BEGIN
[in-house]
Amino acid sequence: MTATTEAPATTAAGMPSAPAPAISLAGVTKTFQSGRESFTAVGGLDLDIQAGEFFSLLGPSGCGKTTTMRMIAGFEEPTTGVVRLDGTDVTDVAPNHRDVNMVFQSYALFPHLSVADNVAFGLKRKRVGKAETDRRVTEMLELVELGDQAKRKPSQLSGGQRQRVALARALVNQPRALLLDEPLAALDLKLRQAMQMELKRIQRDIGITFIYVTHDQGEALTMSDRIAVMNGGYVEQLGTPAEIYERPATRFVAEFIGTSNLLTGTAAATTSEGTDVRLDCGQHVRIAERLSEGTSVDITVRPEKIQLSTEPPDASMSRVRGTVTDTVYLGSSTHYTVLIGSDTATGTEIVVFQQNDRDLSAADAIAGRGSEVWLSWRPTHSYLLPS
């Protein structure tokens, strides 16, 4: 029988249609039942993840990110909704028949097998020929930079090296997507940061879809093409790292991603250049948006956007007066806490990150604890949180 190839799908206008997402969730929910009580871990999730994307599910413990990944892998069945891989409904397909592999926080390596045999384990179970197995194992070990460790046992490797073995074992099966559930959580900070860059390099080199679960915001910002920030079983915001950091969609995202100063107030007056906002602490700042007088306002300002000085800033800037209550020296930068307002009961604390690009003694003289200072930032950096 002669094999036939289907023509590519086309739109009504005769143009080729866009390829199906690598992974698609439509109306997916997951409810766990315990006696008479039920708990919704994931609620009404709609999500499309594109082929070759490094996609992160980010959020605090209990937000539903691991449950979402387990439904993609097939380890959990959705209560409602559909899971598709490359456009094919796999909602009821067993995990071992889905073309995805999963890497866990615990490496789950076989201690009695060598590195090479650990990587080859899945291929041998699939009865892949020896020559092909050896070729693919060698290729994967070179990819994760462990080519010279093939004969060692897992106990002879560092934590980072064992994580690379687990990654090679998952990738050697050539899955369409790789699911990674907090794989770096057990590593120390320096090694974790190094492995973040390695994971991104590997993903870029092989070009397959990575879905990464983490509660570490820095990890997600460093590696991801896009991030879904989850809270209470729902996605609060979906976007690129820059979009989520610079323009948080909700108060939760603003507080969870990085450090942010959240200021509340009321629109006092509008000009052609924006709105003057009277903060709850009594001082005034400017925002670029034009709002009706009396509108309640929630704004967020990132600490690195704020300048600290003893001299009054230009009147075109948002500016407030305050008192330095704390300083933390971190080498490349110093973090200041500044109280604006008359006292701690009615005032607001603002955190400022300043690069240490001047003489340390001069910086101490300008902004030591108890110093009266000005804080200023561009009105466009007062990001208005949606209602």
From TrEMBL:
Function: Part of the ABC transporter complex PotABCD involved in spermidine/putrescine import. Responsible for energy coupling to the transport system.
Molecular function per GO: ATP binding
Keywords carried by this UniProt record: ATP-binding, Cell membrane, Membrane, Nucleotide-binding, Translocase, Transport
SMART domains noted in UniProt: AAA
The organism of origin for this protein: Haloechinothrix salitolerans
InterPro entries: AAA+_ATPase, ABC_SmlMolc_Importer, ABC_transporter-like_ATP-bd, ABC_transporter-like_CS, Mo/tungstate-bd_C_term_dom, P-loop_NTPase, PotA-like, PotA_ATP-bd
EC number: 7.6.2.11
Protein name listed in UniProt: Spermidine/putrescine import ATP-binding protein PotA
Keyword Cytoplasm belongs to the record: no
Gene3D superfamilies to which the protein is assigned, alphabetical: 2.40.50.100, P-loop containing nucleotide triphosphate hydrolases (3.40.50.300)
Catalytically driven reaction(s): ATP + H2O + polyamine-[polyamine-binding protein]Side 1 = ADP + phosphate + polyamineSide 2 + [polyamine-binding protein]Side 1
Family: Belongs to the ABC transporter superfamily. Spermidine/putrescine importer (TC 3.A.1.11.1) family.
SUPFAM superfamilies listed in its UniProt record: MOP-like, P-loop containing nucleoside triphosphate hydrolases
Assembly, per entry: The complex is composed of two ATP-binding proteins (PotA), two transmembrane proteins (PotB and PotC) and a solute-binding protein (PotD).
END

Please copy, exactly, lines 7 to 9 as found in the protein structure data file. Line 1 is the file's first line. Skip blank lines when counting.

Keywords carried by this UniProt record: ATP-binding, Cell membrane, Membrane, Nucleotide-binding, Translocase, Transport
SMART domains noted in UniProt: AAA
The organism of origin for this protein: Haloechinothrix salitolerans